'On April, 20th, 1902, the Mounted Infantry Company of the Regiment took part in what was practically the last action of any importance before peace was signed. "H" Company (Mounted) was attached to Colonel Percival's [sic] 1st Battalion Imperial Yeomanry, and it was decided to attack a farm at Moolman's Spruit, near Brindisi, Brandwater Basin, where a number of Boers were reported to be sleeping. The Boers were warned of the attack, and purposely sent out a native to guide the Column over difficult ground so as to gain time and prepare an ambush. When the attack began the Boers were quite prepared, and poured a heavy fire on the British. "H" Company was in a small wood where there was absolutely no cover, and Captain Blackwood, who commanded it, was mortally wounded at an early stage of the fight. On hearing of this, Lieutenant Savage-Armstrong and Col-Sergt Hazlewood immediately dashed out to where he was lying in front of the Company and carried him under cover. In doing this Col-Sergt Hazlewood was severely wounded. Pte Partridge, who went to the yeomanry to fetch the doctor, was shot dead. On finding that the farm could not be taken, Colonel Percival ordered the Force to retire. This was successfully accomplished, and the Column ultimately camped at Ficksburg. By a strange coincidence Captain Blackwood was killed quite close to the place where, twelve months before (April 24th, 1901), he was shot through the arm.'

All the officers and men who were killed or who died of wounds were buried in the Ficksburg cemetery. The roll of these is as follows:

Name Regiment
Captain Sir Thomas Fowler 1st Bn Imperial Yeomanry (1st Wiltshire Squadron)
Captain A T Blackwood South Stafford Mtd Infantry
Sgt C Hayes South Stafford Mtd Infantry
Pte F Partridge South Stafford Mtd Infantry
No 24089 Tpr C Davies 1st Wiltshire Squadron
No 21330 Tpr C O Thomas 1st Wiltshire Squadron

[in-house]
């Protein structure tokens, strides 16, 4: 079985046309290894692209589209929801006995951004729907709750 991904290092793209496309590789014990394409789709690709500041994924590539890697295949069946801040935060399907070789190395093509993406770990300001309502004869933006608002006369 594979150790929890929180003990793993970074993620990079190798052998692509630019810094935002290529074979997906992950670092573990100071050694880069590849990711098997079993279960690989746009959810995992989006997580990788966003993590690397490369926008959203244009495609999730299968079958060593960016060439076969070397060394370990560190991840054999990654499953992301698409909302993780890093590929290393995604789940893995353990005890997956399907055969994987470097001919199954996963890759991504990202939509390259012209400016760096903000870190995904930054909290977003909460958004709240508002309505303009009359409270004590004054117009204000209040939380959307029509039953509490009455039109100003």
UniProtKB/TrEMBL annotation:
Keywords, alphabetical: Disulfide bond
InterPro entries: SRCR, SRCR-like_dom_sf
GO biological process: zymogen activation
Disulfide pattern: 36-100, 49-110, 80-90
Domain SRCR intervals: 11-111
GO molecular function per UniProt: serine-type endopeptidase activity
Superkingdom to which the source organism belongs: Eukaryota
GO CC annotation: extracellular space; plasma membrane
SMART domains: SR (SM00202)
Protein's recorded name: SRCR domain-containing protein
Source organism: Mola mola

No 22775 Tpr D McCarthy 1st Wiltshire Squadron
No 21549 Tpr N Lloyd 1st Wiltshire Squadron

The fight at Moolman's Spruit was remarkable for being not only the last severe engagement by men of the Eighth Division, but also the final action of any importance in the campaign. Both Captain Fowler and Captain Blackwood were subsequently Mentioned in Despatches for gallantry in action at Moolman's Spruit on 20 April 1902.

In letters sent by Major W P I Davies of the 1st Battalion Mounted Infantry and Lieut-Colonel E M Perceval, to Mr A E Pease, MP (later Sir Alfred Pease), brother-in-law, and to the sister of Captain Fowler, respectively, there were notifications of his death, expressions of sincere sympathy and regret, and references to his gallantry and the very high esteem in which he was held by both officers and men. Particular reference was made to his being one of the bravest officers in the field, and the way in which he looked after his men and horses.

In April 1905, Sir Alfred E Pease and his wife Nellie (Tom Fowler's sister) visited the farm at Moolman's Spruit and were received by Mr and Mrs Andries Olivier who gave them firsthand information about the action and the death of Captain Fowler. Andries Olivier was 75 years of age and had been a prisoner-of-war in Madras, India, at the time of the action on his farm. One of his sons had also been a prisoner and had died in Ceylon during the war. Mrs Olivier had been in a refugee camp, and one or two of their daughters and two of their boys aged about twelve years, had been at the farm when it was attacked. One daughter had lost her right hand when a gun which she was loading for the men blew up in her hands. Unfortunately, Sir Alfred had temporarily lost his Kodak camera so he was not able to take any photographs of the farm. However, he completed two sketches and drew a plan of the action (see illustrations on pages 12 and 13). Andries Olivier was able to describe all the details of the fight and all that had happened, and knew where the men had fallen.